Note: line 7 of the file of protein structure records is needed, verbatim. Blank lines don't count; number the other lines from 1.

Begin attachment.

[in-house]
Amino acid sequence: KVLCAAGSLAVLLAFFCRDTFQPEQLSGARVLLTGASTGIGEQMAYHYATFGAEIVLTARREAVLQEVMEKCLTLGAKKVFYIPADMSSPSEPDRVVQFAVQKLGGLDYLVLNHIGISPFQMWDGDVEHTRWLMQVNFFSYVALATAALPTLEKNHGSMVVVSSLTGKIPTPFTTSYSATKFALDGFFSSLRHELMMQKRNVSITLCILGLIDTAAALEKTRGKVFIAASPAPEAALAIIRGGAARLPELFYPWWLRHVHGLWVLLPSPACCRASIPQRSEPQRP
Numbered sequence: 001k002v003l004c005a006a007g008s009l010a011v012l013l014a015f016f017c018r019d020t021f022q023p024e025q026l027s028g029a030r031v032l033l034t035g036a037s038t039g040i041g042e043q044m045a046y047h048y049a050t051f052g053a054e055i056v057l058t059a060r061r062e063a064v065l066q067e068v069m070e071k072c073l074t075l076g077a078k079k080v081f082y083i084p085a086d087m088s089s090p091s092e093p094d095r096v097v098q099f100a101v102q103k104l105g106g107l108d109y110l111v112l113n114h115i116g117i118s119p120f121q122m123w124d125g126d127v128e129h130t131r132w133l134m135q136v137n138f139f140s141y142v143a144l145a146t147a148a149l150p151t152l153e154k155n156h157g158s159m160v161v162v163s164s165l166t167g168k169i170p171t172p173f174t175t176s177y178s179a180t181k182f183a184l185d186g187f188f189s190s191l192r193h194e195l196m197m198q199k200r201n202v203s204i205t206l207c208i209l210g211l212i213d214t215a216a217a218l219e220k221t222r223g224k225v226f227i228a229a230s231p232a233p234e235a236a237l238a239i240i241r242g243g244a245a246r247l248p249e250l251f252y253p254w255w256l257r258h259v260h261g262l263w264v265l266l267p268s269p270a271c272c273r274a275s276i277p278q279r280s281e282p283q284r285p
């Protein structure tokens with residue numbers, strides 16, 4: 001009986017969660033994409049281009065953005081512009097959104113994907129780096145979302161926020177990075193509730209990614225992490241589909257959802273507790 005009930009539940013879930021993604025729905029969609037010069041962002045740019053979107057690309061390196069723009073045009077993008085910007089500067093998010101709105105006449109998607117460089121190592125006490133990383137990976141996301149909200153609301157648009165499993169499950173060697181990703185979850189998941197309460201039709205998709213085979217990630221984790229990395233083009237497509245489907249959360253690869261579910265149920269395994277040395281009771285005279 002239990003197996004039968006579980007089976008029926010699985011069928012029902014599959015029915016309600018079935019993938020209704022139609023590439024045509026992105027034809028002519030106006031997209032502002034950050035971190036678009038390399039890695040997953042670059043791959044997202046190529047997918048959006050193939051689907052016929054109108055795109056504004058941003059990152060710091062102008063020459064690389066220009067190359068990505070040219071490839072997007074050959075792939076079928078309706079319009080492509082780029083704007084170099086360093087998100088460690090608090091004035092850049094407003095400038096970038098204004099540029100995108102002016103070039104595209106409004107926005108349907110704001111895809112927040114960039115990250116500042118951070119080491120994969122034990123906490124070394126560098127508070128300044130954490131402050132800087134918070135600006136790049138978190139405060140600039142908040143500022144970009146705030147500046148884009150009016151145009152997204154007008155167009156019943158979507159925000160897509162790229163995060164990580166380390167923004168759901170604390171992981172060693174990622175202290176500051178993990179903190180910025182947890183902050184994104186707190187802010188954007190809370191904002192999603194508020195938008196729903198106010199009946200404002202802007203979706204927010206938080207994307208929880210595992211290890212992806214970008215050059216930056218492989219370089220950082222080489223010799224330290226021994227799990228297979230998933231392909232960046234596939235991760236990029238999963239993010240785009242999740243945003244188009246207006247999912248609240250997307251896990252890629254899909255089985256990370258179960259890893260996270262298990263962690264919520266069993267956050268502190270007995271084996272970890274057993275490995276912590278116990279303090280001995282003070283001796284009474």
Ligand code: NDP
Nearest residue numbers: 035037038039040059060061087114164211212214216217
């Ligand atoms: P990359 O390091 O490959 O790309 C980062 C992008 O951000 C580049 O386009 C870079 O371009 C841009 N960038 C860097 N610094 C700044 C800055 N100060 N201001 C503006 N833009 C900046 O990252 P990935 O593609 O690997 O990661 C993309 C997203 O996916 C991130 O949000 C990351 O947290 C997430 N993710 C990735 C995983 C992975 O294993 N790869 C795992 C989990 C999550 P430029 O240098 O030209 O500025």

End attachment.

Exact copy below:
């Ligand atoms: P990359 O390091 O490959 O790309 C980062 C992008 O951000 C580049 O386009 C870079 O371009 C841009 N960038 C860097 N610094 C700044 C800055 N100060 N201001 C503006 N833009 C900046 O990252 P990935 O593609 O690997 O990661 C993309 C997203 O996916 C991130 O949000 C990351 O947290 C997430 N993710 C990735 C995983 C992975 O294993 N790869 C795992 C989990 C999550 P430029 O240098 O030209 O500025």